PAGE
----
How can clicker training be used to address feline aggression?
A lot of people think a cat can’t be clicker trained, but it’s really an easy and fun way to help shape that tiny tiger’s behavior. The scientific term for the method is operant conditioning, which means you can take advantage of your cat’s natural tendency to repeat an action that has a positive consequence.
It’s not uncommon for a cat to become aggressive when playing, either defending herself or claiming territory. Sometimes they just don’t like other animals—and that can pose a problem for you if you have another cat or a dog.
But it’s really pretty easy to click your cat right out of this behavior. The key, though, is patience; it won’t happen overnight, especially if the negative behavior has been going on for a while.
To clicker train an aggressive cat, you use the same principle as you would when clicker-training her for anything else.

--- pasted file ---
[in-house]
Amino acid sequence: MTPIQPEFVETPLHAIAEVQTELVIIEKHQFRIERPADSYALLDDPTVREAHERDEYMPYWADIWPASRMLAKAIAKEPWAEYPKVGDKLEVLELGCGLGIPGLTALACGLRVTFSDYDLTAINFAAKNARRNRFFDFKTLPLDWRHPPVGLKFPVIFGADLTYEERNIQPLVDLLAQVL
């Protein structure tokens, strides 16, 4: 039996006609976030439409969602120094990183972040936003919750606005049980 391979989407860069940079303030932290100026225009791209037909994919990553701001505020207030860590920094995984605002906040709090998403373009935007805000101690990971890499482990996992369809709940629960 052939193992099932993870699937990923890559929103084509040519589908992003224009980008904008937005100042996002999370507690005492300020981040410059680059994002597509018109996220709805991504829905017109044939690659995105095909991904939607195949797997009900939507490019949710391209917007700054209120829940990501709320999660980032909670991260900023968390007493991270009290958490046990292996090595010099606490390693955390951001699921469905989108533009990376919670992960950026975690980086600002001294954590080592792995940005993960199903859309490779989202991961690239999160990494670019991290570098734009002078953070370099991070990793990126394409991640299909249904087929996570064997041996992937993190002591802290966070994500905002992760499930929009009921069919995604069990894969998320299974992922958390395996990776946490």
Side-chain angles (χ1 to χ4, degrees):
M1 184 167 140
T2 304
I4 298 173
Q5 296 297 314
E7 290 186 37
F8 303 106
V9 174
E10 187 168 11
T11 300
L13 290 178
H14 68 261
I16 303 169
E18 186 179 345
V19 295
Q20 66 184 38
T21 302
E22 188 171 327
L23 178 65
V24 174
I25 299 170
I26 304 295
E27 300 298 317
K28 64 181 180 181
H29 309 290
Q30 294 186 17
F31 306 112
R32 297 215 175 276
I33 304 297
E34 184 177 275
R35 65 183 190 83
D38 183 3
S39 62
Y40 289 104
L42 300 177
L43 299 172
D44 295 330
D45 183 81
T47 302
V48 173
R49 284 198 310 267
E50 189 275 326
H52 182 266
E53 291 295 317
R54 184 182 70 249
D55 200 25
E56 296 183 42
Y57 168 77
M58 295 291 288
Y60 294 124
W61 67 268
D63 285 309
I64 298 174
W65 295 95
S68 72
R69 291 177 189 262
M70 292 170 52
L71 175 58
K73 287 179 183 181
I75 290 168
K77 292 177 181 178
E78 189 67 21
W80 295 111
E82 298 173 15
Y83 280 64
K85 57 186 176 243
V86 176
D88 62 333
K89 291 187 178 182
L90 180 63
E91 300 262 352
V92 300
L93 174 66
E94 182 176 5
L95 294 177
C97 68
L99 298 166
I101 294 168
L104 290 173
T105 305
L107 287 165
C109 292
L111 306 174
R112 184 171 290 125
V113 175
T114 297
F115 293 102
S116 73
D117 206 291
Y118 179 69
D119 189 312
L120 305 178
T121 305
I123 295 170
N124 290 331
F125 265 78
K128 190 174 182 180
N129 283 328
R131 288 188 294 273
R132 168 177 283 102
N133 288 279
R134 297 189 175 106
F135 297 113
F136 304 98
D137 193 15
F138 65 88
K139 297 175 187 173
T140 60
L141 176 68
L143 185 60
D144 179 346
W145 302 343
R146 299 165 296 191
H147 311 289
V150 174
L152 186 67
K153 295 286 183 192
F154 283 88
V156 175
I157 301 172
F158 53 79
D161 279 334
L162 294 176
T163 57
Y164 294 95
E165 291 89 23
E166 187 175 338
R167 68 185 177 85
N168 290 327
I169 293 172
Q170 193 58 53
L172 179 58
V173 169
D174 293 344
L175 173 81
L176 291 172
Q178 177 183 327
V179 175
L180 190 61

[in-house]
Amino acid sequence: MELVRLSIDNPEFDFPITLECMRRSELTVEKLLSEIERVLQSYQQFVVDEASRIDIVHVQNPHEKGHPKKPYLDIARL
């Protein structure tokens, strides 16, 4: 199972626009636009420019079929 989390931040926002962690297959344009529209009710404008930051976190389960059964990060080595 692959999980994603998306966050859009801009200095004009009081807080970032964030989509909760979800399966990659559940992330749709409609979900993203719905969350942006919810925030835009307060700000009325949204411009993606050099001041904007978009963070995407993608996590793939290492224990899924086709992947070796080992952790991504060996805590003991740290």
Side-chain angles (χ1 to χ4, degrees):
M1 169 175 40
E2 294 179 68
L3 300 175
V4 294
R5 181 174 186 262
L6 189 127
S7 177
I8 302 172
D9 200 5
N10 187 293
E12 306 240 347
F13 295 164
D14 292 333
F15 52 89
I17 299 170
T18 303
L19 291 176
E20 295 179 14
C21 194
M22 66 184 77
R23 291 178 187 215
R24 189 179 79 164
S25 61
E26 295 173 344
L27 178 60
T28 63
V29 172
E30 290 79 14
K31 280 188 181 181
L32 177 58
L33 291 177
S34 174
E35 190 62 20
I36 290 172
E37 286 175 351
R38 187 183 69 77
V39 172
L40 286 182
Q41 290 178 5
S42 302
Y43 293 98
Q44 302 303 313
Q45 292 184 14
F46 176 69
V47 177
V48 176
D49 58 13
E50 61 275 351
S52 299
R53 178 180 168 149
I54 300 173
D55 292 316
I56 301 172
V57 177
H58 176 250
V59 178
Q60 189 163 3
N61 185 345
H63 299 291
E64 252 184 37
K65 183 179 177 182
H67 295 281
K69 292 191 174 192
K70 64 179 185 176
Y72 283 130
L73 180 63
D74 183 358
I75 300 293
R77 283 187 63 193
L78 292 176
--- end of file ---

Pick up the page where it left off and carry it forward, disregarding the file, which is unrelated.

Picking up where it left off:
• First, help her make the association:
Sit at the same level as your cat, with a plate of tiny cat treats. (See our recipes for home-made Tuna Pops and Liver Cookies.) Whenever she shows interest, click and treat. Keep doing it so she catches on.
• Then, when you’re confident that she has mastered the association, click and treat whenever she does something cute, entertaining or friendly—in this case, it might be something like remaining calm whenever she sniffs the “enemy” or lying quietly whenever another animal approaches. Remember, this is about positive reinforcement, so ignore it if she still bites or scratches—but reward her for the good behavior.
WHAT IS A CLICKER?
The clicker is just a small, toy-like object that you can find in most pet stores. Your cat may take to it immediately, but some are a little slower to catch on and others can even be frightened. If that’s the case, use a unique, but softer, sound—such as the “snick” of a ballpoint pen or the “pop” of a jar.